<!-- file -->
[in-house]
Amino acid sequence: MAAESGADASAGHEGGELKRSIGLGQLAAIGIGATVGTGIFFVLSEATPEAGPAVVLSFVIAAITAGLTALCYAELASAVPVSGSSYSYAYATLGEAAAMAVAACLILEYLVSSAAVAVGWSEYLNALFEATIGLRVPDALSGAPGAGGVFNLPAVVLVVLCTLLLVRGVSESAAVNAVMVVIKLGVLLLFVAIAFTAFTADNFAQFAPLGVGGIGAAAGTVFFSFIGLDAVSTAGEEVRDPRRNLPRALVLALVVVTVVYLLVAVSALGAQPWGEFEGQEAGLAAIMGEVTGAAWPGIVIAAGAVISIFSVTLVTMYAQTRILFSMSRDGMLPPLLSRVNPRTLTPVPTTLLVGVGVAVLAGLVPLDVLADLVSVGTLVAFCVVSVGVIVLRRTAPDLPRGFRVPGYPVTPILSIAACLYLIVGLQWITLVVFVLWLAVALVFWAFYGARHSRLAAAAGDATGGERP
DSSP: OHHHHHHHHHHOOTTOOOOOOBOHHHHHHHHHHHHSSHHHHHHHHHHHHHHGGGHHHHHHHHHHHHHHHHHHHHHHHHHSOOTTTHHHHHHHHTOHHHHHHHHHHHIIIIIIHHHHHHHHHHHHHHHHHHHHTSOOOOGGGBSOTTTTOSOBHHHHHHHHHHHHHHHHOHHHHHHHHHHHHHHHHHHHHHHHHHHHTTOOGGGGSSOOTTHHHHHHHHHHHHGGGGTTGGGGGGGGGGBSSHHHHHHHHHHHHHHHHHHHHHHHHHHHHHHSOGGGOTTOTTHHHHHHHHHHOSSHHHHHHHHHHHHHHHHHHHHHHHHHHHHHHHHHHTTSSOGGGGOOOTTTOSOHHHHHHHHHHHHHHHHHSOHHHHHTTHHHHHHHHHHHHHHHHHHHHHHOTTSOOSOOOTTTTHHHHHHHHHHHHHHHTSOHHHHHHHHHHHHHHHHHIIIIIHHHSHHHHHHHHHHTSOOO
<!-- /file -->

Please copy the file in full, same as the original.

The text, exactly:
[in-house]
Amino acid sequence: MAAESGADASAGHEGGELKRSIGLGQLAAIGIGATVGTGIFFVLSEATPEAGPAVVLSFVIAAITAGLTALCYAELASAVPVSGSSYSYAYATLGEAAAMAVAACLILEYLVSSAAVAVGWSEYLNALFEATIGLRVPDALSGAPGAGGVFNLPAVVLVVLCTLLLVRGVSESAAVNAVMVVIKLGVLLLFVAIAFTAFTADNFAQFAPLGVGGIGAAAGTVFFSFIGLDAVSTAGEEVRDPRRNLPRALVLALVVVTVVYLLVAVSALGAQPWGEFEGQEAGLAAIMGEVTGAAWPGIVIAAGAVISIFSVTLVTMYAQTRILFSMSRDGMLPPLLSRVNPRTLTPVPTTLLVGVGVAVLAGLVPLDVLADLVSVGTLVAFCVVSVGVIVLRRTAPDLPRGFRVPGYPVTPILSIAACLYLIVGLQWITLVVFVLWLAVALVFWAFYGARHSRLAAAAGDATGGERP
DSSP: OHHHHHHHHHHOOTTOOOOOOBOHHHHHHHHHHHHSSHHHHHHHHHHHHHHGGGHHHHHHHHHHHHHHHHHHHHHHHHHSOOTTTHHHHHHHHTOHHHHHHHHHHHIIIIIIHHHHHHHHHHHHHHHHHHHHTSOOOOGGGBSOTTTTOSOBHHHHHHHHHHHHHHHHOHHHHHHHHHHHHHHHHHHHHHHHHHHHTTOOGGGGSSOOTTHHHHHHHHHHHHGGGGTTGGGGGGGGGGBSSHHHHHHHHHHHHHHHHHHHHHHHHHHHHHHSOGGGOTTOTTHHHHHHHHHHOSSHHHHHHHHHHHHHHHHHHHHHHHHHHHHHHHHHHTTSSOGGGGOOOTTTOSOHHHHHHHHHHHHHHHHHSOHHHHHTTHHHHHHHHHHHHHHHHHHHHHHOTTSOOSOOOTTTTHHHHHHHHHHHHHHHTSOHHHHHHHHHHHHHHHHHIIIIIHHHSHHHHHHHHHHTSOOO